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Monitoring Minority Rights in Europe: The Implementation Machinery of the Framework Convention for the Protection of National Minorities - With Special Reference to the Role of the Advisory Committee

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The Framework Convention for the Protection of National Minorities (FC), adopted by the Committee of Ministers of the Council of Europe in 1994, is the first multilateral treaty focused on the protection of minorities. Despite the importance of the FC within the process of codification and development of legally binding minority rights standards, the bearing of its obligations is 'softened' by many limitation clauses relating to both the general structure of the provisions as well as their specific content. To a degree, this may be seen as inherent in a convention providing a framework for case-specific solutions to be found at the domestic level. It is also true, however, that domestic measures directed at implementing the FC might reflect so wide a measure of discretion or self-understanding as to be heardly compatible with the purpose of elaborating a set of core European standards protecting minorities, 'essential to stability, democratic security and peace' (fifth preambular paragraph), and as such falling 'within the scope of co-operation' on human rights matters (Article 1). It follows that the key to making the FC a truly fruitful step lies no doubt in a satisfactory monitoring of its implementation. The Committee of Ministers is entrusted with the task of monitoring the implementation of the FC by the States parties. It is assisted by an Advisory Committee (AC), whose members have recognised expertise in the field of the protection of national minorities. On 17 September 1997, the Committee of Ministers adopted a Resolution concerning the rules on the monitoring arrangements under Articles 24 to 26 of the FC (Resolution (97)10). It determines the role of the AC and, therefore, its relation with the Committee of Ministers. The aim of this article is to examine the monitoring procedure of the FC, with special reference to the impact of the AC on the profile and effectiveness of the mechanism. It sketches out the main general issues and briefly discusses some proposals put forward on the role of the AC; then, it moves on to the analysis of the FC implementation mechanism as resulting from Resolution (97)10 of the Committee of Ministers, within the broader context of the international monitoring of minority rights compliance.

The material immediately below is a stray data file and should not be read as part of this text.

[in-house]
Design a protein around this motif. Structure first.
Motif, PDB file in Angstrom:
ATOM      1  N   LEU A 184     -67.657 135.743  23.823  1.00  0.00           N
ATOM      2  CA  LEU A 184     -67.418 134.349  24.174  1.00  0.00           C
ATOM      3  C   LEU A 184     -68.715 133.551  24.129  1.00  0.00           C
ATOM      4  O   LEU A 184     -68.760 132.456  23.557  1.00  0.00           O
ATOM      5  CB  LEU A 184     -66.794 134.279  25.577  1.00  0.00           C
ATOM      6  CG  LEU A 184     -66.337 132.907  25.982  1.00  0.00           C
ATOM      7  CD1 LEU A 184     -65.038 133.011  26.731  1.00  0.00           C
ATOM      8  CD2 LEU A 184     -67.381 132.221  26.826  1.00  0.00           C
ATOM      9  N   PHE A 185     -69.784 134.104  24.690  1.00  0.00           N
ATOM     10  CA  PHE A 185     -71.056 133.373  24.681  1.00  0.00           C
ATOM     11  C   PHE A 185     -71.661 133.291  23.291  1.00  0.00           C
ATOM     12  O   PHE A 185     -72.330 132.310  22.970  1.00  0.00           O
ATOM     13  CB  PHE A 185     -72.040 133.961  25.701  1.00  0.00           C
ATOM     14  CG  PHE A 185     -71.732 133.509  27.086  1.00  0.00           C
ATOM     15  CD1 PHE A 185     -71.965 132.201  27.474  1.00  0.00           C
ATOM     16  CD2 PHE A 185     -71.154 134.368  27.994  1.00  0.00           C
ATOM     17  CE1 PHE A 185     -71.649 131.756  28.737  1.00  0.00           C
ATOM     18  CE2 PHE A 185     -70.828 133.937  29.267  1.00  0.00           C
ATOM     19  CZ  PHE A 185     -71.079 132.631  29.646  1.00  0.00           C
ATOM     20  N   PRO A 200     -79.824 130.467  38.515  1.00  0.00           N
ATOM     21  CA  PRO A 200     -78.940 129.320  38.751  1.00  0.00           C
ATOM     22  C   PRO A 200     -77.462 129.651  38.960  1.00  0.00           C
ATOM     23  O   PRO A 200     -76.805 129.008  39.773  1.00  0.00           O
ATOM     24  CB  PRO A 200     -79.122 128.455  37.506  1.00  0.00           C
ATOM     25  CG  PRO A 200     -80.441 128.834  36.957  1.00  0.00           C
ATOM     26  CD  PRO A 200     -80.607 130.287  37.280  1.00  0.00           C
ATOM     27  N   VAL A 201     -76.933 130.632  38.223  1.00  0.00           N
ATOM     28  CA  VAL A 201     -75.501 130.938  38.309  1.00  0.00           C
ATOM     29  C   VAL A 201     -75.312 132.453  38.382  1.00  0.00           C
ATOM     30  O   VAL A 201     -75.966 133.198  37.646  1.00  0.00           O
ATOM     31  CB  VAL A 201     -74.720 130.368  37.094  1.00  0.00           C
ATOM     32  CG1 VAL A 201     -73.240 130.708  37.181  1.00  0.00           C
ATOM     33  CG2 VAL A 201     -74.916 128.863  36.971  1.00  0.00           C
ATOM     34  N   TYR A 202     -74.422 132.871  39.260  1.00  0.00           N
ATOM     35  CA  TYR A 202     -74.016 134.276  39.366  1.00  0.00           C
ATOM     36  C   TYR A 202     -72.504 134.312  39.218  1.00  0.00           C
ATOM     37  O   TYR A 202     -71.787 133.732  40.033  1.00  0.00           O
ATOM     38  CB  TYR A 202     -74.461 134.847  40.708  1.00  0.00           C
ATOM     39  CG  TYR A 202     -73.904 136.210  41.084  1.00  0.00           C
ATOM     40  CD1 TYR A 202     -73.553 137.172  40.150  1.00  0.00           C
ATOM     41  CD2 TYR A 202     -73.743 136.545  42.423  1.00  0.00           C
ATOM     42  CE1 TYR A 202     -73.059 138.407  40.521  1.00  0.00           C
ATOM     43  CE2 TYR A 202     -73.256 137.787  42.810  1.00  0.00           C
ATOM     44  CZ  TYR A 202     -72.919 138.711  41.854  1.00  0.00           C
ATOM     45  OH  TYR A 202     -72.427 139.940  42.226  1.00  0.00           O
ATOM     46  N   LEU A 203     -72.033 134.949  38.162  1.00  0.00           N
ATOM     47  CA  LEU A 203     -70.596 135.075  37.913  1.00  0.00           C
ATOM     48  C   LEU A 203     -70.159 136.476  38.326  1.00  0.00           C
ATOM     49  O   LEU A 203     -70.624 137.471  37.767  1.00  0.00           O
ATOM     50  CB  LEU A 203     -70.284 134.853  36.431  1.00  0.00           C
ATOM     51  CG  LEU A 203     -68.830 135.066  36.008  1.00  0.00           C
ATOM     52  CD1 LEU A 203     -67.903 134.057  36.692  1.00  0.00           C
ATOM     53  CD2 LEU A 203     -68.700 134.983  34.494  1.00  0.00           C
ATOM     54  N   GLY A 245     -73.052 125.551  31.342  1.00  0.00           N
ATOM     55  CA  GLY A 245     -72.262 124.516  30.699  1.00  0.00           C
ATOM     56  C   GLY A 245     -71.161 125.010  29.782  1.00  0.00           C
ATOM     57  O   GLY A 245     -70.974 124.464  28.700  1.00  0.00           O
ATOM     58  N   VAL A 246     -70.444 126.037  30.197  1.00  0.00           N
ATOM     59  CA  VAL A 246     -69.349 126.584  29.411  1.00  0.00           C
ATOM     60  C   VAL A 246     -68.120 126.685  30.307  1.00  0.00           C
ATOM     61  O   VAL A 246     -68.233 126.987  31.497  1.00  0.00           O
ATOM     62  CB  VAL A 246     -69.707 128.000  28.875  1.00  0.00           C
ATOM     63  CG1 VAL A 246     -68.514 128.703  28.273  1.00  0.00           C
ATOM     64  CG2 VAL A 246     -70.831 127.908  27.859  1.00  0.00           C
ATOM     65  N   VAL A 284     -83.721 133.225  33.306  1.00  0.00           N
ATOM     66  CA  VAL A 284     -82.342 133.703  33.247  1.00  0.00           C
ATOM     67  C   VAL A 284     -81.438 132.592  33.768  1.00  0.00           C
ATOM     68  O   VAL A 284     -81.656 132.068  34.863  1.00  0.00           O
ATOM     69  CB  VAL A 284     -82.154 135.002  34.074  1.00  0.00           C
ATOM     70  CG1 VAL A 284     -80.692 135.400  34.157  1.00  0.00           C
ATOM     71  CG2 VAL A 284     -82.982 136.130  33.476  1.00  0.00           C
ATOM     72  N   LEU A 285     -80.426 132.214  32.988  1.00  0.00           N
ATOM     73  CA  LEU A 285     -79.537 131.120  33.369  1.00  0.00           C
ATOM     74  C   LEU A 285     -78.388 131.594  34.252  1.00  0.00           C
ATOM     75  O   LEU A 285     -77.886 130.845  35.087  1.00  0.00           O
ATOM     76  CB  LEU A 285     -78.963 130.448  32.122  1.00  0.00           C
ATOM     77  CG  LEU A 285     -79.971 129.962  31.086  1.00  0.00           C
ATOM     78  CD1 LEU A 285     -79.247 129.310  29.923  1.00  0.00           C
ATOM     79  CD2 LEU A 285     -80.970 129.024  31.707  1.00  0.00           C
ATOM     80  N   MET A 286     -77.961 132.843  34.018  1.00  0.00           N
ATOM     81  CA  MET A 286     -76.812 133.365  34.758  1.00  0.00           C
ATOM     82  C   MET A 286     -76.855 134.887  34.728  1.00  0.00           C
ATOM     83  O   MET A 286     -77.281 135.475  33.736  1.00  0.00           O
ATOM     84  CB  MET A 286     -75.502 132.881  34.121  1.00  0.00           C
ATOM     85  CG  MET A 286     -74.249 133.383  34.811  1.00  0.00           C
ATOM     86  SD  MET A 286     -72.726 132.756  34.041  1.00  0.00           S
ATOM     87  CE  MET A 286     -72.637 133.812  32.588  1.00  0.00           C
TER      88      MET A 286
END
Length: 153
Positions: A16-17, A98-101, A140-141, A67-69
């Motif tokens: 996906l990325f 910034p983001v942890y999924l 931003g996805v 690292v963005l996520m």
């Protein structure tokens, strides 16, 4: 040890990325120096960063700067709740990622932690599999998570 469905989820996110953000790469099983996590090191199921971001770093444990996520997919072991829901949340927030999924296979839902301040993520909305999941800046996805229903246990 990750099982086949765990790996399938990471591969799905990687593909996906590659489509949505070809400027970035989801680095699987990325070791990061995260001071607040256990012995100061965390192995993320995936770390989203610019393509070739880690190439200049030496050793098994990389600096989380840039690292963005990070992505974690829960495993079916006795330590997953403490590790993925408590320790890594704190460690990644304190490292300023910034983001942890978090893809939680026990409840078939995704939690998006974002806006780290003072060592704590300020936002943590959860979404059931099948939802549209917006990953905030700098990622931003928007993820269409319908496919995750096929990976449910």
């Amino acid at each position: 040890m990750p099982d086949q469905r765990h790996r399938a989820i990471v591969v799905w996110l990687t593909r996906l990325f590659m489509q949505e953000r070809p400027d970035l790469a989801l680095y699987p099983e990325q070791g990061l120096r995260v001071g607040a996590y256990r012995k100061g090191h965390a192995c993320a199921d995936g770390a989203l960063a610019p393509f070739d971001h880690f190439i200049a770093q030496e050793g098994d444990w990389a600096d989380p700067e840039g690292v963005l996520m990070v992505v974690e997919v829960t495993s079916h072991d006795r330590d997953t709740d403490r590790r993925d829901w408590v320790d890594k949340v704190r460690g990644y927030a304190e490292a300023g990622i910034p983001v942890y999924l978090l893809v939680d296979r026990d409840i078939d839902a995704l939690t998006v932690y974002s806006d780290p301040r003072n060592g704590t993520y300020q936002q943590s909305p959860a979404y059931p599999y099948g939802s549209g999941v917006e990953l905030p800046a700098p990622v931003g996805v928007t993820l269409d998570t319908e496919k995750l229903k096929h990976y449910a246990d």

Affiliations: 1: Institute of Public International Law, Faculty of Law, University of Munich, Germany


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